on May 9, 2008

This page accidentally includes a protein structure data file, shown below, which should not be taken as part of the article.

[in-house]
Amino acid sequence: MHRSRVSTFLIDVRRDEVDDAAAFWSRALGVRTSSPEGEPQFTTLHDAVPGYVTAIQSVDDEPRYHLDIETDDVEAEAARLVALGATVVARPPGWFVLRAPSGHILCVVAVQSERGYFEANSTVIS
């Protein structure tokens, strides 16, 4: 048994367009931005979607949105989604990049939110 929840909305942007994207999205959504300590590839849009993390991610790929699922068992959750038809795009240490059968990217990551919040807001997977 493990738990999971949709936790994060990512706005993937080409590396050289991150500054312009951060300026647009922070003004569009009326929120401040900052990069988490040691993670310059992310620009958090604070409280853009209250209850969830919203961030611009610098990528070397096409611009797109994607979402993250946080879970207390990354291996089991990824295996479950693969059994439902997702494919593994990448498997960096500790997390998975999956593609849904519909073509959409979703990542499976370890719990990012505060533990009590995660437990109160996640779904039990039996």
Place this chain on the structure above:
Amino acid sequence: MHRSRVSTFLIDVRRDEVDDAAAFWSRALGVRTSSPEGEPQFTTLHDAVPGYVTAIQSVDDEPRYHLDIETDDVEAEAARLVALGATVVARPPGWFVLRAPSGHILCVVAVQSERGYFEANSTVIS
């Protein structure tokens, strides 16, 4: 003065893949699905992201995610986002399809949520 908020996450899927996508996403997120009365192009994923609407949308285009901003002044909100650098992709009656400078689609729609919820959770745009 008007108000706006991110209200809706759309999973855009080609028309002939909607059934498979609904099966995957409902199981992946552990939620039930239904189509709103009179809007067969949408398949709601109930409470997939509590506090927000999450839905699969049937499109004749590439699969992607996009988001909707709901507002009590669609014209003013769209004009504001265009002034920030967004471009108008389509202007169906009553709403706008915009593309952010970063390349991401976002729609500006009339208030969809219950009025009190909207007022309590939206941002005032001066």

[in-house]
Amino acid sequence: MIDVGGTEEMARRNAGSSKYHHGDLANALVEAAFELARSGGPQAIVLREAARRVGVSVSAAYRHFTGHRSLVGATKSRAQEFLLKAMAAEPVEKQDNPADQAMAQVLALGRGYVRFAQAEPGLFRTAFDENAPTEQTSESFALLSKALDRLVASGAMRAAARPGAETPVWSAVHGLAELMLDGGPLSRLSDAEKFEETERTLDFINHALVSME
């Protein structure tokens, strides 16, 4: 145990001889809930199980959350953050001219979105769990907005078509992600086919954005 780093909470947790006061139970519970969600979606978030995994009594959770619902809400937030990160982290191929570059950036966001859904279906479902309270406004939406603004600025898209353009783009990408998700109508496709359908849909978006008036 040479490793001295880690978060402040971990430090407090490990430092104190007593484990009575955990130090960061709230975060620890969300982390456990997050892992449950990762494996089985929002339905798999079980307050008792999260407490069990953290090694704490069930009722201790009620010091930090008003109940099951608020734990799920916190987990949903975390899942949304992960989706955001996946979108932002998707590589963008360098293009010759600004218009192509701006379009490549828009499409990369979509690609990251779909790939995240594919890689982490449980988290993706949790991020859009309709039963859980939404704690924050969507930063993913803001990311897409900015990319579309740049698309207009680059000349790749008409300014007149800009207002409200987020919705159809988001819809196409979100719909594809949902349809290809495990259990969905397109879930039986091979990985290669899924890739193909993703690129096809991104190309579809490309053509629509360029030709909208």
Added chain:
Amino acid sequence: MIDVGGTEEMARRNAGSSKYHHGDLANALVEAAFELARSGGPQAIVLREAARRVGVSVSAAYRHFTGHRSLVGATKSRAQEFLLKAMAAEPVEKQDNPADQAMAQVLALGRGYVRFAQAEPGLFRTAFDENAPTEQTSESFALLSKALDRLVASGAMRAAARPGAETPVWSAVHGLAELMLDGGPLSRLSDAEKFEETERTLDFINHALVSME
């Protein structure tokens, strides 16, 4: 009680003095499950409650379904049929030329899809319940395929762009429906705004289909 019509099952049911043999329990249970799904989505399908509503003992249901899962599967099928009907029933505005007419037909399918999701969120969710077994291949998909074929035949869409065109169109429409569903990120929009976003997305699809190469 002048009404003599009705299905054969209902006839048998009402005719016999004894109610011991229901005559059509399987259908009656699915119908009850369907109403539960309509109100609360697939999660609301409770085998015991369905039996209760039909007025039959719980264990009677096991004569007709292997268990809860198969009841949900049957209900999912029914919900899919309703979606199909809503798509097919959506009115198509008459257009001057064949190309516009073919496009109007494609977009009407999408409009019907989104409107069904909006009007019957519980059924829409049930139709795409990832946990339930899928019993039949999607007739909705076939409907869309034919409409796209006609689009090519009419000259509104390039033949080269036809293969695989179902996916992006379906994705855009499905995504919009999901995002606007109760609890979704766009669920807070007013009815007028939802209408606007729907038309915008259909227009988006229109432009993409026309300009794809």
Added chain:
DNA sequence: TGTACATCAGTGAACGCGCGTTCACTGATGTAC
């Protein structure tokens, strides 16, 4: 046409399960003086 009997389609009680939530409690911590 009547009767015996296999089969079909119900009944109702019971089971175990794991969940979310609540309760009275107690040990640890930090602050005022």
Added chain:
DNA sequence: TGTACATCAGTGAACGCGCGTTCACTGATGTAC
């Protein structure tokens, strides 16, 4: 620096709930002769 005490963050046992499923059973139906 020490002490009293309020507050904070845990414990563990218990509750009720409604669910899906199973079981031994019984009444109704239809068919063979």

Nearly all of the main attractions and historic sights of London are concentrated on or immediately surrounding the Thames River. Hundreds of years ago this waterway was the lifeline for the city and as a result is home the London's central core. If you are visiting in the summer months there will literally be hordes of tourists everywhere...we're talking thousands and thousands. You will probably see more American and Japanese tourists along the riverfront than Londoners. The crowds are immense. Although slightly removed from the River Buckingham Palace is probably the most popular sight in the city and a convenient place to start the walk. Hang out is the large square for a while and take some pictures in front of the famous gates. Don't forget to check out the huge fountain in the center of the plaza. Most of the time there is not a whole lot of activity actually going on at Buckingham Palace but it is still interesting to look through the gates and just experience the sheer size of the structure in person. From Buckingham Palace head down The Mall to Trafalgar Square, a large open Plaza home to Nelson's Column and adjacent to The National Gallery. Trafalgar Square is a good place to cut down to the Riverbank. Northumberland Street will take you straight to the River from the Square. The walk along the River is a really great way to get a feel for London. There is a pedestrian path that goes most of the way along the waterfront although when we were there there were a few points of construction where you had to take a slight detour inland away from the water and then cut back down again but everything is easy to navigate. When you get to a street on your left called St. Peter's Hill follow it up and it will take you straight to St. Paul's Cathedral. The cathedral is huge and definately worth taking a quick look inside. Walk around to the back side of the cathedral as well as the architecture is quite impressive all the way around. After seeing the cathedral head back down to the River and keep walking along the bank. After another 15 minutes or so you will approach the original Tower of London which has been preserved as best as possible. It's impossible to miss as the stone buildings and open fields are in stark contrast to all of the modern urban development in the surrounding area. There is a pedestrian plaza off to the side of the monument and the usual vendors selling ice cream, drinks and light snacks for tourists. This is a good spot to grab a quick drink before heading to the Tower Bridge and crossing over to the other side of the River.Directly past the Tower of London is the Tower Bridge, one of the most iconic structures in London. This is an ideal place to cross the River and start walking back the way you came along the south bank. The bridge is open to traffic but has quite a wide pedestrian walkway. It also provides a great backdrop for pictures. The whole walk is about 3 miles and will probably take about 3 hours or so when factoring in all the stops and sightseeing opportunities. About the same amount of time should be allocated for the return walk down the other side of the River.
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